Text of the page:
Wills & Probate: Assumptions about Guardianship

family wills probate

5 Assumptions about Guardianship

People wrongly assume that the people closest to them will be automatic guardians and would just take over their children’s care if the worst happened.

This is not always the case:

X – I am not married to the father of my children but he would automatically get guardianship if I died

If biological parents are not married a father can acquire parental responsibility by being listed on the birth certificate or getting a court order that grants him parental responsibility. He won’t automatically become the legal guardian.

X – My mother will have the children- she looks after them most of the time anyway

Unless a person is specified as an appointed guardian in a will or letter or wish this will not automatically happen. In some cases where an appointment is contested the court may have to intervene to draw up an order and formalize the guardianship. There is even a risk that the children may be taken into the care of the local authority while the guardianship is solidified.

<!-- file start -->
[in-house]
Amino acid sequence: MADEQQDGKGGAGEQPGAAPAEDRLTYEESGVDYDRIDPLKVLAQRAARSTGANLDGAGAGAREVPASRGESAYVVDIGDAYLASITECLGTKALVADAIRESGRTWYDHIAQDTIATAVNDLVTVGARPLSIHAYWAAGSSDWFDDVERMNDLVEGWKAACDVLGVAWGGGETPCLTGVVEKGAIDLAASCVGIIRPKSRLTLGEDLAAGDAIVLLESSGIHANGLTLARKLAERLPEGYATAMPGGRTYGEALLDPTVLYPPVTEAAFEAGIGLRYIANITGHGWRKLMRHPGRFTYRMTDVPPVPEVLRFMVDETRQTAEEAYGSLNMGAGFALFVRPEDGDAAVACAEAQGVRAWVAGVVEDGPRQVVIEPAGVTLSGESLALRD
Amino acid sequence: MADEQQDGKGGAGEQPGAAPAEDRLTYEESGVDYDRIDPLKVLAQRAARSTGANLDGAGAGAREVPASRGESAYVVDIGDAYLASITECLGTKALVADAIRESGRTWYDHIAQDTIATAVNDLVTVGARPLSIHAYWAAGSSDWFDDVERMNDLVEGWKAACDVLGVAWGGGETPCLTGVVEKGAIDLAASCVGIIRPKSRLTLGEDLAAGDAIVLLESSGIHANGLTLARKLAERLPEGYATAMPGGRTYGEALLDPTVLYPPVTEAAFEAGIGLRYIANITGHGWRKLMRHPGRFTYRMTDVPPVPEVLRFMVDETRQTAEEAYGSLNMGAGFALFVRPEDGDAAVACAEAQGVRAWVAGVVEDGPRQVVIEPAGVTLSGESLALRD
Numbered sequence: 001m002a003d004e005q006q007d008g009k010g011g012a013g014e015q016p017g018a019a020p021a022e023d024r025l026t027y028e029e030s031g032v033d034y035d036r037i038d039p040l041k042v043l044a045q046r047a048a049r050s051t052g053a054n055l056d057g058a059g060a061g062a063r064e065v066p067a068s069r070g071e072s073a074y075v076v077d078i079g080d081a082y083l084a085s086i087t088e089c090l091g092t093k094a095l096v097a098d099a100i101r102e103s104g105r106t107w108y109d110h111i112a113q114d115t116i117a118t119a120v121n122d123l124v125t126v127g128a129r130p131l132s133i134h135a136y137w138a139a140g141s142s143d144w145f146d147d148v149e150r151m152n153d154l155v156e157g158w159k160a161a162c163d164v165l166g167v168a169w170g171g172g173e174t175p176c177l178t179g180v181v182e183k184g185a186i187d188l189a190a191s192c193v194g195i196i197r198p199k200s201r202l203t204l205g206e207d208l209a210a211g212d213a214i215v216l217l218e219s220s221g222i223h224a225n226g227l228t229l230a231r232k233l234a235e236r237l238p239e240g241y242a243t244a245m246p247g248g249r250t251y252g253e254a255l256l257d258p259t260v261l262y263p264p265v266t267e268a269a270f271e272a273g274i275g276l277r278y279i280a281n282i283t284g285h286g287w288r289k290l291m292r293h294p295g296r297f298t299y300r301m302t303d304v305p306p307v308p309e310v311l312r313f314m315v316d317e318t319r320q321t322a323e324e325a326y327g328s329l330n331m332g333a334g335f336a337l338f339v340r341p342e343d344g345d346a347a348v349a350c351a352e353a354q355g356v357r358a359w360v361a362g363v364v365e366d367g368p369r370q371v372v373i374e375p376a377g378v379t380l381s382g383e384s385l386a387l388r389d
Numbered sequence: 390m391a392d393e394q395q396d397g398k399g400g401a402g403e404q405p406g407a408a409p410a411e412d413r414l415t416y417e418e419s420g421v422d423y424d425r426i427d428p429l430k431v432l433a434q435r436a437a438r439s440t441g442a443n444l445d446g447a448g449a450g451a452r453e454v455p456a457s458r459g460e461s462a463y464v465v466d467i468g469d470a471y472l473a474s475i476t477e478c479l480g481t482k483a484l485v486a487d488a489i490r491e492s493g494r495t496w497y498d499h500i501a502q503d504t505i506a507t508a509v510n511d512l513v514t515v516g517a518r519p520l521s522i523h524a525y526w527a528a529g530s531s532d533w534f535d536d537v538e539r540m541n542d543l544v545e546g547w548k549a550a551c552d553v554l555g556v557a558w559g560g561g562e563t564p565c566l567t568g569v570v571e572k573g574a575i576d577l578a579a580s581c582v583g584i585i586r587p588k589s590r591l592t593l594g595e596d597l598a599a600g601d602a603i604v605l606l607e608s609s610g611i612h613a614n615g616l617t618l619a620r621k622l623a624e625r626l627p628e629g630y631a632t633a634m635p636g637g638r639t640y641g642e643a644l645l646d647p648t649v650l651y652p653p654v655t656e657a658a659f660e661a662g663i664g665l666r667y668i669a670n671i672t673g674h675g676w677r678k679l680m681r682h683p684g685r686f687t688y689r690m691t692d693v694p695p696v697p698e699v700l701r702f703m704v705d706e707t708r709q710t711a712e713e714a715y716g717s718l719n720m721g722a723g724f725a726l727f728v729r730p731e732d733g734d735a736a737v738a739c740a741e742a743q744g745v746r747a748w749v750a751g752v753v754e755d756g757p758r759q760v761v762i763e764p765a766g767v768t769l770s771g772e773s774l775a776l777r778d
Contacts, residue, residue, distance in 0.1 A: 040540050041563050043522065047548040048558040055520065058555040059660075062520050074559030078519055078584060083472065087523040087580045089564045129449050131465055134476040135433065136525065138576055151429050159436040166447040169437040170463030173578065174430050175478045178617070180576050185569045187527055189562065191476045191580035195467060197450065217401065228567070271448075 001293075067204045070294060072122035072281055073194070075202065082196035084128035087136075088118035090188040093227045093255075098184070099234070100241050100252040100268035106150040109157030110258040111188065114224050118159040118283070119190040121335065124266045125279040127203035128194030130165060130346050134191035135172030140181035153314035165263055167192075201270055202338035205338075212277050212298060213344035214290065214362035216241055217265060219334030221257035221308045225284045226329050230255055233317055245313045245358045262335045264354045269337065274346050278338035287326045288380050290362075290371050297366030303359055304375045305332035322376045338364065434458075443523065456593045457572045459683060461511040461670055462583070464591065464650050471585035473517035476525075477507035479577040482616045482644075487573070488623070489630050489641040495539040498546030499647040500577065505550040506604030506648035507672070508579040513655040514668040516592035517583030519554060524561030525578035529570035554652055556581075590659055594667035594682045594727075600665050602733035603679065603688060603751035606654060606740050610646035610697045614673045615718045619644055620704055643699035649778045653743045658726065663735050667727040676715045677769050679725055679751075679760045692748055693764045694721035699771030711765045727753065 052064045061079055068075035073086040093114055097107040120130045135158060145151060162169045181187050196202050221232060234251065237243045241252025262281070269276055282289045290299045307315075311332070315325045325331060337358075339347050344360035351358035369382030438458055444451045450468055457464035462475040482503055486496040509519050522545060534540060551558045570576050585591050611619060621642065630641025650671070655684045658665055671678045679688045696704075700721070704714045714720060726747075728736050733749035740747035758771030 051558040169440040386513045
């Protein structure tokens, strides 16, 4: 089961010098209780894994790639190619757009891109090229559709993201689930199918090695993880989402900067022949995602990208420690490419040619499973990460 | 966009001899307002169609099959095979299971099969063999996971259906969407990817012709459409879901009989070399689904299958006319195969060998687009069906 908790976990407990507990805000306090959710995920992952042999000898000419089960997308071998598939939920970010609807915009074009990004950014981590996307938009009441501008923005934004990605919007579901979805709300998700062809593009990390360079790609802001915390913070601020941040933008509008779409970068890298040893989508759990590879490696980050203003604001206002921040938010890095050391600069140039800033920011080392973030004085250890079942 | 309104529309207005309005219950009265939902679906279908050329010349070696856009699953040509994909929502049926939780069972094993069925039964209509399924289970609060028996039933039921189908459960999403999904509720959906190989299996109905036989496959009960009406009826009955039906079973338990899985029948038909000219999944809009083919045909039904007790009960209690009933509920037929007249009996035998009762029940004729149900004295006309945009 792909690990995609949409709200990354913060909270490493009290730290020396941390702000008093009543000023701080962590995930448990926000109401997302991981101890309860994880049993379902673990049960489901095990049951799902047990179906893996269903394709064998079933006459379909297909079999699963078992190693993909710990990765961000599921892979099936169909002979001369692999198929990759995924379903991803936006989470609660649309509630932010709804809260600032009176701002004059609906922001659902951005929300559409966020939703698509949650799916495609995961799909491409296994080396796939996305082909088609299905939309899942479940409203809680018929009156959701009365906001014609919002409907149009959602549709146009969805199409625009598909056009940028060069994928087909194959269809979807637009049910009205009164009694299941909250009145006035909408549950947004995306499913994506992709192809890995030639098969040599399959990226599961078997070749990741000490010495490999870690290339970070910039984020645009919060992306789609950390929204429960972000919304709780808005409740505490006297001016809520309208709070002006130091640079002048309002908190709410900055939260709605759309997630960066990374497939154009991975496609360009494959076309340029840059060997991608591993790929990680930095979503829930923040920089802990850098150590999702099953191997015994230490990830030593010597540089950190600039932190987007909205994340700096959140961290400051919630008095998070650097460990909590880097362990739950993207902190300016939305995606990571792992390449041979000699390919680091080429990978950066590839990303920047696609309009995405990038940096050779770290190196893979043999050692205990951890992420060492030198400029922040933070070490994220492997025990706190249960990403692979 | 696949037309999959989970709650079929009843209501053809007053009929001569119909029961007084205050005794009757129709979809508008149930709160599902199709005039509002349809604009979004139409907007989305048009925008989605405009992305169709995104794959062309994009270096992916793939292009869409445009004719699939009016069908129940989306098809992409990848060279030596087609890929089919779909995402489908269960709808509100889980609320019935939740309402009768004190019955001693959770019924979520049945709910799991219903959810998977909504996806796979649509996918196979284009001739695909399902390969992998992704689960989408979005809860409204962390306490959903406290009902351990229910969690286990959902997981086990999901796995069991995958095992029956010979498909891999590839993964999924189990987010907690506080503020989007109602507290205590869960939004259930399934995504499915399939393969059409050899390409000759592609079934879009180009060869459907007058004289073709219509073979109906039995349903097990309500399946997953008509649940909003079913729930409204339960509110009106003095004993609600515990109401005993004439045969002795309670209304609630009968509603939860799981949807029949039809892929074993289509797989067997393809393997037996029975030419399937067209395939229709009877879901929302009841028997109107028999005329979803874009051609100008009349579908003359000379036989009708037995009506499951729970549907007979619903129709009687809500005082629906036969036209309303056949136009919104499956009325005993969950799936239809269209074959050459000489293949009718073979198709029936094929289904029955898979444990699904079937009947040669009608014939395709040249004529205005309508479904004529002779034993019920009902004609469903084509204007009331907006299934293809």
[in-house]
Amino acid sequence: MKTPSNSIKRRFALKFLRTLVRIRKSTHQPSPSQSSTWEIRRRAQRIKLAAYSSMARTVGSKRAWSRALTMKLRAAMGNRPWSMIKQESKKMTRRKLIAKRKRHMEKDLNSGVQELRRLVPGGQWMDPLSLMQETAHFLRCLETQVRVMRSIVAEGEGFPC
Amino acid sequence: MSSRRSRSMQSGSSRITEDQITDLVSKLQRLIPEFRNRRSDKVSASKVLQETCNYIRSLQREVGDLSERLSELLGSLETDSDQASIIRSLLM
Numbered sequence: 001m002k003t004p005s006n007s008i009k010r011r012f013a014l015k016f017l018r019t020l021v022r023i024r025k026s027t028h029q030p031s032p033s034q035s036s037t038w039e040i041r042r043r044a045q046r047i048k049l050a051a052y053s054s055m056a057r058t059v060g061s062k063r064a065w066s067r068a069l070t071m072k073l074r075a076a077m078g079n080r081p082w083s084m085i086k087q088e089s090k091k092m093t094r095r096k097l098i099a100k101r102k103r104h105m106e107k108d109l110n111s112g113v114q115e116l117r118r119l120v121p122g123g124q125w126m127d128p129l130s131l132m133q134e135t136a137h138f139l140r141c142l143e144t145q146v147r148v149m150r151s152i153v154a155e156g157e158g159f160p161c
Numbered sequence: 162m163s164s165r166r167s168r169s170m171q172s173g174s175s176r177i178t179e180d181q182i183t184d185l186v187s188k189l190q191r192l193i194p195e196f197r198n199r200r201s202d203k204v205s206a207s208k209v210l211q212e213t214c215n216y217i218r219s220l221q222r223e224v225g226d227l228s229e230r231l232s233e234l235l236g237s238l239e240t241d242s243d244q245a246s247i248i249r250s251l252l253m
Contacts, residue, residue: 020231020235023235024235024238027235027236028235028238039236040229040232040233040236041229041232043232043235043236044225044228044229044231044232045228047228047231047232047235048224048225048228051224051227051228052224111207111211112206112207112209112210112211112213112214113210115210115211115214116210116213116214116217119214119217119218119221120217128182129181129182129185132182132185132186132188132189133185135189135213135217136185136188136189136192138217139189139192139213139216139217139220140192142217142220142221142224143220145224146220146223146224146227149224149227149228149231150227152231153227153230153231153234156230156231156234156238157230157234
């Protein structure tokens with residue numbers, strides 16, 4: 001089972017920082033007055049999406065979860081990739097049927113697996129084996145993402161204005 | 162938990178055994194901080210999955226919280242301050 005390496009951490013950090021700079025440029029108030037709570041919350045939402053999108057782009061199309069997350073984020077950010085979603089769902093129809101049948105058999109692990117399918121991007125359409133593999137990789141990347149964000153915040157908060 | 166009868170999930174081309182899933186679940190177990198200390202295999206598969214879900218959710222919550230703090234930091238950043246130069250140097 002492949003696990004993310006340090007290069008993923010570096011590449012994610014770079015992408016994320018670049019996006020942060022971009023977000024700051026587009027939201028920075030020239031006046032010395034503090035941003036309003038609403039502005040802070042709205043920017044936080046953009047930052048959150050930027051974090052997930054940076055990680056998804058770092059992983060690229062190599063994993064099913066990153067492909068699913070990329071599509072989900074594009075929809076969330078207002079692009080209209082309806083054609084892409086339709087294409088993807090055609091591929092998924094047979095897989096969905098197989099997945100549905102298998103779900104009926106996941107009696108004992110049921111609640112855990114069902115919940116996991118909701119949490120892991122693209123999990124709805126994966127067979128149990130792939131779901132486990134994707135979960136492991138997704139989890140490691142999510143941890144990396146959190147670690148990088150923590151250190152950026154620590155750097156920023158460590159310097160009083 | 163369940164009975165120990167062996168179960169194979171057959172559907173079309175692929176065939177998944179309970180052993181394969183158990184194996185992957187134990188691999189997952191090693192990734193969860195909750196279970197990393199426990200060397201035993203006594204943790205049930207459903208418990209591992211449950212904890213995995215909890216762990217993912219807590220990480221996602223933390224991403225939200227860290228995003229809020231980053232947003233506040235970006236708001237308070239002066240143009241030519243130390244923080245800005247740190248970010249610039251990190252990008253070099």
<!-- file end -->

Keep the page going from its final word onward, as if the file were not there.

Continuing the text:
X – My Ex Husband never spends any time with the children and I want to appoint someone else

If you were married to the father of your children when they were born your ex has parental responsibility and will automatically become guardian when you die. You are however able to specify an additional guardian in your will in case your ex is unable or unwilling to act. If your divorce settlement included a residence order you can appoint someone to be a joint guardian with your ex and they would have joint parental responsibility. You can also appoint your executor to act as a trustee of money for your children to ensure that you ex does not benefit financially.

X – I want to choose a different guardian to the one chosen by my husband/wife

If parents appoint separate guardians then both guardians must work together to agree on important decisions, otherwise the court will intervene and decide who gets guardianship.

X – We have godparents already!

While godparents have an important role in the moral guidance of a child’s upbringing they have no legal rights in the event of parental death. If you want your children’s godparents to become legal guardians they must be appointed in a will.

Else Solicitors have a dedicated team with a wealth of experience to help you deal with these personal matters. For more information and an initial discussion please contact Kathryn Caple or Imogen D’Arcy at Else Solicitors via email or phone: kathryn.caple@elselaw.co.uk, imogen.darcy@elselaw.co.uk / 01283 526200.

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